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How to claim superannuation death benefit?

As you are no doubt aware, your superannuation fund is likely to represent a large part of your retirement income; it serves as a form of savings you build up over the entirety of your working life.
Over many years, your employer or employers pay into your fund, and that money is then invested into various financial vehicles to accrue even more value until you retire, at which point you will begin withdrawing from the fund.

However, what you may not fully understand is the ins and outs of what can happen to your superannuation fund if you were to pass away with money still left over. The following guide should help you get a handle on the financial future of your super fund and setting up your beneficiaries to claim your death benefit with ease.

Understanding your superannuation fund

You probably have a basic understanding of how your super works – your employer pays a certain percentage of your salary into it every year from when you start working to when you retire.

You probably also know something about how to begin withdrawing from this fund (either in part over time or as a lump sum).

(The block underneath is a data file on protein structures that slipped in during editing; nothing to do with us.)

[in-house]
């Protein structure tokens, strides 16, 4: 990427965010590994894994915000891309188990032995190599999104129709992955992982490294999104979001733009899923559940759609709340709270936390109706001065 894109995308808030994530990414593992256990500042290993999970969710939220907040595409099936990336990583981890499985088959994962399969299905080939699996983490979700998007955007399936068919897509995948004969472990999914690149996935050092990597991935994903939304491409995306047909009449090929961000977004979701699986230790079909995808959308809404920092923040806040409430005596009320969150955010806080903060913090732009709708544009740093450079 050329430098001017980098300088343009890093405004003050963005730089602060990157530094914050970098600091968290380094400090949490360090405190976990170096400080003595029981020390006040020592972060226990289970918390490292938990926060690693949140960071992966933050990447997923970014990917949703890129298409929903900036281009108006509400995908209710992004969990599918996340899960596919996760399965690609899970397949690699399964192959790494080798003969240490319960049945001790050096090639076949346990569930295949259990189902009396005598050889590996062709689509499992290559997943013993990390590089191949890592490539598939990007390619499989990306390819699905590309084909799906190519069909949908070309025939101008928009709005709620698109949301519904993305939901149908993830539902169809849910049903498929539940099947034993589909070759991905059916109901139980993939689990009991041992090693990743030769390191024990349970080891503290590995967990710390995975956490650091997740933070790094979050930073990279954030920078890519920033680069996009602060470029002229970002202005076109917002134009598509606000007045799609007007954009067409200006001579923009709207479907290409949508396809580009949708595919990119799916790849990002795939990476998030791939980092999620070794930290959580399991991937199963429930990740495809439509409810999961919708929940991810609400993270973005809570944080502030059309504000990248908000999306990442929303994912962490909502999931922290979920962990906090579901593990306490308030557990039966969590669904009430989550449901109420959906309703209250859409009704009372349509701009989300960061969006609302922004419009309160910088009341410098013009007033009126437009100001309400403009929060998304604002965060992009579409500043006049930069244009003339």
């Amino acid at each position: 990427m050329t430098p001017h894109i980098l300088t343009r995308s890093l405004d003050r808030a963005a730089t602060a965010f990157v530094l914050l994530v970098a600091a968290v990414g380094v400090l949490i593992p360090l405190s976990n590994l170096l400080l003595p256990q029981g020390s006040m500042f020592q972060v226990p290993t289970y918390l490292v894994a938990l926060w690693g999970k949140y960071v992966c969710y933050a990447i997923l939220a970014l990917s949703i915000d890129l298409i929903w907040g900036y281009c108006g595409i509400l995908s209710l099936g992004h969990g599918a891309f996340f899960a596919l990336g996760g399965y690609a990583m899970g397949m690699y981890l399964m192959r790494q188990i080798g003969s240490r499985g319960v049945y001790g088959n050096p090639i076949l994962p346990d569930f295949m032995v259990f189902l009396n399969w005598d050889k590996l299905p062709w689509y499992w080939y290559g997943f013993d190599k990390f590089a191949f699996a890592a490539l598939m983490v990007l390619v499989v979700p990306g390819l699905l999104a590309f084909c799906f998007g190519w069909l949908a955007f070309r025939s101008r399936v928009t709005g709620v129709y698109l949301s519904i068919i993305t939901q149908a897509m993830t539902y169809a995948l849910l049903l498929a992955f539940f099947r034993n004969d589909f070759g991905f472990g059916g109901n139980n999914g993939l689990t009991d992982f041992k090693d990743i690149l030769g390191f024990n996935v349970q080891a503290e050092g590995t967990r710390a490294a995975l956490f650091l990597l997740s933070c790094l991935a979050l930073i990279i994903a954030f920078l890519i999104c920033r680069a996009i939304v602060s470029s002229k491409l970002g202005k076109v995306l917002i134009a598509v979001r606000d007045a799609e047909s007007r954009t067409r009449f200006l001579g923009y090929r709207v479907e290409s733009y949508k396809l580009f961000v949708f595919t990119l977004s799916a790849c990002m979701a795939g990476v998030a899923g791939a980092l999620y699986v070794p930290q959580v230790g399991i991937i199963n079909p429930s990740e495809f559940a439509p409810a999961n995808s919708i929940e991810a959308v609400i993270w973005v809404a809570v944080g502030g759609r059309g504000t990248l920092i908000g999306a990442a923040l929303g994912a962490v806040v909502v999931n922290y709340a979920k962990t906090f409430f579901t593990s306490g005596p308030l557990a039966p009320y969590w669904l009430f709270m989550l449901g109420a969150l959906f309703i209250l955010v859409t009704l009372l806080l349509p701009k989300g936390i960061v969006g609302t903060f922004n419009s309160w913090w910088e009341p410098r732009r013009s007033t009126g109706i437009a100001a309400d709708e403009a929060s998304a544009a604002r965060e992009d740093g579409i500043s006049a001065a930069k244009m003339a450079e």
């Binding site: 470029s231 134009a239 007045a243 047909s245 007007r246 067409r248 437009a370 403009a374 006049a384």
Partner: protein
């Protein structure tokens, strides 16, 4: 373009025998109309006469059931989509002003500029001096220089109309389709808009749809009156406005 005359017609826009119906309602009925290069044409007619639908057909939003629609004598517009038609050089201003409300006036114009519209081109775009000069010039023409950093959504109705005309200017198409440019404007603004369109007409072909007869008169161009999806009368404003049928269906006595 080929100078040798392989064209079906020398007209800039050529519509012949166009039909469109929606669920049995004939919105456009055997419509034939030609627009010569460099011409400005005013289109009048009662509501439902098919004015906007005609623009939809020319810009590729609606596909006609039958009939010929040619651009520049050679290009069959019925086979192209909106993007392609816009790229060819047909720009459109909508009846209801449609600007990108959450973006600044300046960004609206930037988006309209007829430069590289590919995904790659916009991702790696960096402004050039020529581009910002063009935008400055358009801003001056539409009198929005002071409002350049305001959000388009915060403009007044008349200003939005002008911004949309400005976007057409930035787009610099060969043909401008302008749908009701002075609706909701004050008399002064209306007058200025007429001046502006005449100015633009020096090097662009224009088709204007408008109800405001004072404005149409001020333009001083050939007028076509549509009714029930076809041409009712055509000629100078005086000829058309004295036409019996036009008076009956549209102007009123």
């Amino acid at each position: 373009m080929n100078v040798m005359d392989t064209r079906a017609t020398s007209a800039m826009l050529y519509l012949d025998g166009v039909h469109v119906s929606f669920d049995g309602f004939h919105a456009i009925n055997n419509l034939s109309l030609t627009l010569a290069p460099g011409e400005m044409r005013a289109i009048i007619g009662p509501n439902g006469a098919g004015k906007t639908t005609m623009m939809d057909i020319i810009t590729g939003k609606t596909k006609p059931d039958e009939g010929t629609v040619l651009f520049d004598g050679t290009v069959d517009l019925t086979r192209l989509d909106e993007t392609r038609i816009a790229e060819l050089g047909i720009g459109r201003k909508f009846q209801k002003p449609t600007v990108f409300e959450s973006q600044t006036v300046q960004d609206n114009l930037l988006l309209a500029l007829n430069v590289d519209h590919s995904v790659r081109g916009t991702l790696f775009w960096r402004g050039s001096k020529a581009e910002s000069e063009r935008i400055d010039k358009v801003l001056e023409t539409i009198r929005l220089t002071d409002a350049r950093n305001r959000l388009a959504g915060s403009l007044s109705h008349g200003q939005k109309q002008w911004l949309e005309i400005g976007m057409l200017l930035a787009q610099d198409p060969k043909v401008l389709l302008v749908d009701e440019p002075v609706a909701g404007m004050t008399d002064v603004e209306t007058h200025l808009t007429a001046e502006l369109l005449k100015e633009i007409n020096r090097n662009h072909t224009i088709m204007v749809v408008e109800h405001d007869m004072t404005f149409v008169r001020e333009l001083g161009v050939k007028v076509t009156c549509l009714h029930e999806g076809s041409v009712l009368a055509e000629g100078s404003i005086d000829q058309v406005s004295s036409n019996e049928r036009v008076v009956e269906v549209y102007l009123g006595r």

But what you may not know is how the latter decision affects the ability to withdraw funds upon your death, and the impact that can have on how the money is taxed.

In addition, many Australians also have a life insurance policy through their super, which can offer a number of different layers of financial protection, including a death benefit, total and permanent disability coverage, and income protection insurance. Often, this coverage is applied automatically as part of your super.

However, you should keep in mind that TPD insurance – which can protect you in the event of permanent incapacity – will typically expire once you turn 65, and life coverage will often do the same when you turn 70.

How is superannuation paid out?

Generally, you will only be able to claim your superannuation fund upon reaching your preservation date. There are some situations (including permanent incapacity that renders you unable to work) where you can claim some or all of these funds before that time, but these are uncommon, and for the purposes of this discussion, they will mostly be moot.

Once you have reached your preservation date (which is variable based on when you were born), you are eligible to begin withdrawing from your super regardless of whether you have retired from your job. And you have options for how you can get your super fund paid out, including: